Most people have no understanding of the Baptist fear of dancing.

I myself, who grew up Baptist, don't quite understand it.

But as I had some of it explained to me...dancing leads to terrible things.

Now, mind you, using the following examples as 'why not to dance' really misses the fucking point. Not to mention removing things way the fuck from context. Both big problems of mine. But oh well.

  1. The dancing girl who really impressed Herod, and in return got to ask for John the Baptist's head. I don't know, maybe the moral is that lascivious dancing for emperors gets saints killed...I'm not sure of the logic behind this.
  2. David returned from a battle, and was so overjoyed at how the Lord had blessed the efforts of the Israelites that he took off all of his clothes and danced a Dance of Joy in Praise of the Lord. His wife was ashamed to see him wagging it in public, and denounced him. So the Lord, rather pissed at her for denouncing open and free praise of Himself, struck her barren. So the lesson is that Dance, no matter the reason, can lead to the fall of others, like it's not their responsibility or something...*sigh*

I personally find David's dance of praise immensely inspiring. He was so utterly in awe of what the Lord had done that he danced naked before the entire (present) Nation of Israel. He just didn't care who saw him, all that he wanted to do was praise God with all of his being.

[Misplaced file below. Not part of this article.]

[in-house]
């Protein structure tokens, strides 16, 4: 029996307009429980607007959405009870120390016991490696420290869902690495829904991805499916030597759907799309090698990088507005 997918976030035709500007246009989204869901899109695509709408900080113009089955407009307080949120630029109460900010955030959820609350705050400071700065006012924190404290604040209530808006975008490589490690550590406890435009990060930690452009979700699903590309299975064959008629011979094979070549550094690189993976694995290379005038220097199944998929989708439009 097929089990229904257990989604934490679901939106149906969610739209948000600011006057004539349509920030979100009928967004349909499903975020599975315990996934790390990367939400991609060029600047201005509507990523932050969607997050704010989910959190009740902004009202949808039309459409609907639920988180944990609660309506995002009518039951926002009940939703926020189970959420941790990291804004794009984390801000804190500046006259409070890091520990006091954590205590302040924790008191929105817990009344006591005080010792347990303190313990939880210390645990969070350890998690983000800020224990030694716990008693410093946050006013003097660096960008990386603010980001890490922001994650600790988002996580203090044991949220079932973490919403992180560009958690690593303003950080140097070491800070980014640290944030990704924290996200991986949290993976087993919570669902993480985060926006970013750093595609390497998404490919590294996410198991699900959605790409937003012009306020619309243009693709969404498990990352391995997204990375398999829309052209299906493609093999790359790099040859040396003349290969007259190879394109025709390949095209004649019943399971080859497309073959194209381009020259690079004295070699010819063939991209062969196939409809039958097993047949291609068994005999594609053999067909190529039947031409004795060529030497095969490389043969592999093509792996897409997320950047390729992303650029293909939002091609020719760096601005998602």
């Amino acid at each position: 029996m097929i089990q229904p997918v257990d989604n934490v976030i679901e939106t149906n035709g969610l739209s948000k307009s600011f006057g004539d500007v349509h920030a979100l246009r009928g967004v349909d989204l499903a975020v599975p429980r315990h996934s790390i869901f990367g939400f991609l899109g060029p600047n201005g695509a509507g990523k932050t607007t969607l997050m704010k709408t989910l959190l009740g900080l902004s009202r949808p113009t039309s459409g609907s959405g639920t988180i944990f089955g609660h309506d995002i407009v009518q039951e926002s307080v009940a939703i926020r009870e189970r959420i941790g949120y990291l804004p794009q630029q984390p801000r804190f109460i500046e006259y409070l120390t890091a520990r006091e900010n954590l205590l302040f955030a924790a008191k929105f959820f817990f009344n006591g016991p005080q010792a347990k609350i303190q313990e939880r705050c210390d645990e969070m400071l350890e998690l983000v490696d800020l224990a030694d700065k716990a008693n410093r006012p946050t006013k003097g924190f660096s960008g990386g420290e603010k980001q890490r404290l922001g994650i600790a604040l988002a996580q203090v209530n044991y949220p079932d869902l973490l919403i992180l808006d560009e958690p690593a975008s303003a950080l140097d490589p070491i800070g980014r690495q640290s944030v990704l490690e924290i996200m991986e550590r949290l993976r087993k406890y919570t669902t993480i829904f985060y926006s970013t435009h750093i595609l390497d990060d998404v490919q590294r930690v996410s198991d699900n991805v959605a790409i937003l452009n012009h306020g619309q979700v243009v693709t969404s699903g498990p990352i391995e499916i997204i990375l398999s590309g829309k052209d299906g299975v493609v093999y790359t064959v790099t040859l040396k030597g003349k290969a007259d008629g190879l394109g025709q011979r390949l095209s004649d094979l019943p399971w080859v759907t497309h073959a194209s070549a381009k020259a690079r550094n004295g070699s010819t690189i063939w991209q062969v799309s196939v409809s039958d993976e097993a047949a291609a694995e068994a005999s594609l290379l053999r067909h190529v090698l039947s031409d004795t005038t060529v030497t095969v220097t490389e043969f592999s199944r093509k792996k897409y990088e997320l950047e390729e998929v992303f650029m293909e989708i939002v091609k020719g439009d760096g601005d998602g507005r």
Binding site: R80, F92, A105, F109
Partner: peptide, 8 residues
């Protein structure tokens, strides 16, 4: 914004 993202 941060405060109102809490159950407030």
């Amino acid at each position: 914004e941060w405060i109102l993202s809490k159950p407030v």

Which is damn cool.

I've heard other examples, but they follow this pattern. People are dancing, and bad things happen. The fact that cause and effect are not, in fact, part of the equation doesn't seem to enter the picture.

I think that much of the "Sex standing up can lead to dancing" line of thought stems from many religious groups being trained, unfortunately, to find content far more important than context.

The Baptist fear of dancing is less to do with biblical events and more to do with the fact that in western cultures, in many different periods, dancing was seen as decadent. Consider these settings:

While this is not anything like an exhaustive list, you will notice that all these settings had (at certain points in history) massively "non-christian" connotations... hence the fear of dancing.

A piece of little known trivia: many baptist churches built in the past 100 years or so have slightly sloping floors. I always thought it was so the people at the back could see better, but apparently it was so as to render dancing more difficult. The tradition of fixed pews (benches) also owes something to the same train of thought.

mblase tells me that originally “rock and roll” was a euphemism for, as he puts it, "bedroom sports." In other words, the two terms were, in fact, closely associated.

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